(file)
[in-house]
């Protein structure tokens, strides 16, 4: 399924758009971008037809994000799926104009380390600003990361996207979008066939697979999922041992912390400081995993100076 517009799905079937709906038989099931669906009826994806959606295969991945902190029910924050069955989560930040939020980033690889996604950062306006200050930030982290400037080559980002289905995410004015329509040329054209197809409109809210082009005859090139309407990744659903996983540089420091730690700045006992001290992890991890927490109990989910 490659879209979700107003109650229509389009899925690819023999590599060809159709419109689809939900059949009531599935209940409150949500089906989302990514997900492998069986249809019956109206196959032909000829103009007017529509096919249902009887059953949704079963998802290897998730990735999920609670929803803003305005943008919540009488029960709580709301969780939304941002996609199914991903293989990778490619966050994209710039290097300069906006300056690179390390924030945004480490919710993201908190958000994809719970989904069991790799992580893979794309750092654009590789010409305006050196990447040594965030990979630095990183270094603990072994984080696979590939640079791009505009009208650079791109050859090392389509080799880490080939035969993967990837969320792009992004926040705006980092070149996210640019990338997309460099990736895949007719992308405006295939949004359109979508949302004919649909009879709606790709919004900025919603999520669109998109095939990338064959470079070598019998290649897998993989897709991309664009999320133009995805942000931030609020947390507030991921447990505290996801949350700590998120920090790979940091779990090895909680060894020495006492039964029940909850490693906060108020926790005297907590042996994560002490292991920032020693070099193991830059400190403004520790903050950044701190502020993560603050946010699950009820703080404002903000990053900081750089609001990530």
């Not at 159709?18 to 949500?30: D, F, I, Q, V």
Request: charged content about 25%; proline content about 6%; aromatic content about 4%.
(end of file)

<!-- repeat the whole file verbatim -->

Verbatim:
[in-house]
């Protein structure tokens, strides 16, 4: 399924758009971008037809994000799926104009380390600003990361996207979008066939697979999922041992912390400081995993100076 517009799905079937709906038989099931669906009826994806959606295969991945902190029910924050069955989560930040939020980033690889996604950062306006200050930030982290400037080559980002289905995410004015329509040329054209197809409109809210082009005859090139309407990744659903996983540089420091730690700045006992001290992890991890927490109990989910 490659879209979700107003109650229509389009899925690819023999590599060809159709419109689809939900059949009531599935209940409150949500089906989302990514997900492998069986249809019956109206196959032909000829103009007017529509096919249902009887059953949704079963998802290897998730990735999920609670929803803003305005943008919540009488029960709580709301969780939304941002996609199914991903293989990778490619966050994209710039290097300069906006300056690179390390924030945004480490919710993201908190958000994809719970989904069991790799992580893979794309750092654009590789010409305006050196990447040594965030990979630095990183270094603990072994984080696979590939640079791009505009009208650079791109050859090392389509080799880490080939035969993967990837969320792009992004926040705006980092070149996210640019990338997309460099990736895949007719992308405006295939949004359109979508949302004919649909009879709606790709919004900025919603999520669109998109095939990338064959470079070598019998290649897998993989897709991309664009999320133009995805942000931030609020947390507030991921447990505290996801949350700590998120920090790979940091779990090895909680060894020495006492039964029940909850490693906060108020926790005297907590042996994560002490292991920032020693070099193991830059400190403004520790903050950044701190502020993560603050946010699950009820703080404002903000990053900081750089609001990530």
């Not at 159709?18 to 949500?30: D, F, I, Q, V």
Request: charged content about 25%; proline content about 6%; aromatic content about 4%.